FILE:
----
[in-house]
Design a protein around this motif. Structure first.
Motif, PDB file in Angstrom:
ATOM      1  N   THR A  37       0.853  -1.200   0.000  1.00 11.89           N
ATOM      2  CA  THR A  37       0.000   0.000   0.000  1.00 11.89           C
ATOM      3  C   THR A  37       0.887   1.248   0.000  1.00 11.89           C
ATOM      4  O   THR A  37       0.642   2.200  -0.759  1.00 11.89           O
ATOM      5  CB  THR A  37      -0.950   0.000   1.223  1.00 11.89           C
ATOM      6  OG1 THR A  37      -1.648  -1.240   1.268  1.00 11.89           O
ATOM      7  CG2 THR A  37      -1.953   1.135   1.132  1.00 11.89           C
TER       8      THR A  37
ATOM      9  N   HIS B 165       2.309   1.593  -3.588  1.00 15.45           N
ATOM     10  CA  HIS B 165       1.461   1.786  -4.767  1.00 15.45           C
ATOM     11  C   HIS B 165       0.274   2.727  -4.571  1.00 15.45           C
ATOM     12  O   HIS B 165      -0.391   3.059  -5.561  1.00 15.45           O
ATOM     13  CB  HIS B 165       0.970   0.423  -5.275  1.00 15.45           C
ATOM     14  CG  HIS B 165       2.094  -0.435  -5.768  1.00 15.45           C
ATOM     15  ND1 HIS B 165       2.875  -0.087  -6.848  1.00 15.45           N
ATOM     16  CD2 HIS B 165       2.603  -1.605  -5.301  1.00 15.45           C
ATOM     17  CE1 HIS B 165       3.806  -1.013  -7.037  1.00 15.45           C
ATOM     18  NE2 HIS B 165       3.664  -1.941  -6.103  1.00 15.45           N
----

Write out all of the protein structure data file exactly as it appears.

[in-house]
Design a protein around this motif. Structure first.
Motif, PDB file in Angstrom:
ATOM      1  N   THR A  37       0.853  -1.200   0.000  1.00 11.89           N
ATOM      2  CA  THR A  37       0.000   0.000   0.000  1.00 11.89           C
ATOM      3  C   THR A  37       0.887   1.248   0.000  1.00 11.89           C
ATOM      4  O   THR A  37       0.642   2.200  -0.759  1.00 11.89           O
ATOM      5  CB  THR A  37      -0.950   0.000   1.223  1.00 11.89           C
ATOM      6  OG1 THR A  37      -1.648  -1.240   1.268  1.00 11.89           O
ATOM      7  CG2 THR A  37      -1.953   1.135   1.132  1.00 11.89           C
TER       8      THR A  37
ATOM      9  N   HIS B 165       2.309   1.593  -3.588  1.00 15.45           N
ATOM     10  CA  HIS B 165       1.461   1.786  -4.767  1.00 15.45           C
ATOM     11  C   HIS B 165       0.274   2.727  -4.571  1.00 15.45           C
ATOM     12  O   HIS B 165      -0.391   3.059  -5.561  1.00 15.45           O
ATOM     13  CB  HIS B 165       0.970   0.423  -5.275  1.00 15.45           C
ATOM     14  CG  HIS B 165       2.094  -0.435  -5.768  1.00 15.45           C
ATOM     15  ND1 HIS B 165       2.875  -0.087  -6.848  1.00 15.45           N
ATOM     16  CD2 HIS B 165       2.603  -1.605  -5.301  1.00 15.45           C
ATOM     17  CE1 HIS B 165       3.806  -1.013  -7.037  1.00 15.45           C
ATOM     18  NE2 HIS B 165       3.664  -1.941  -6.103  1.00 15.45           N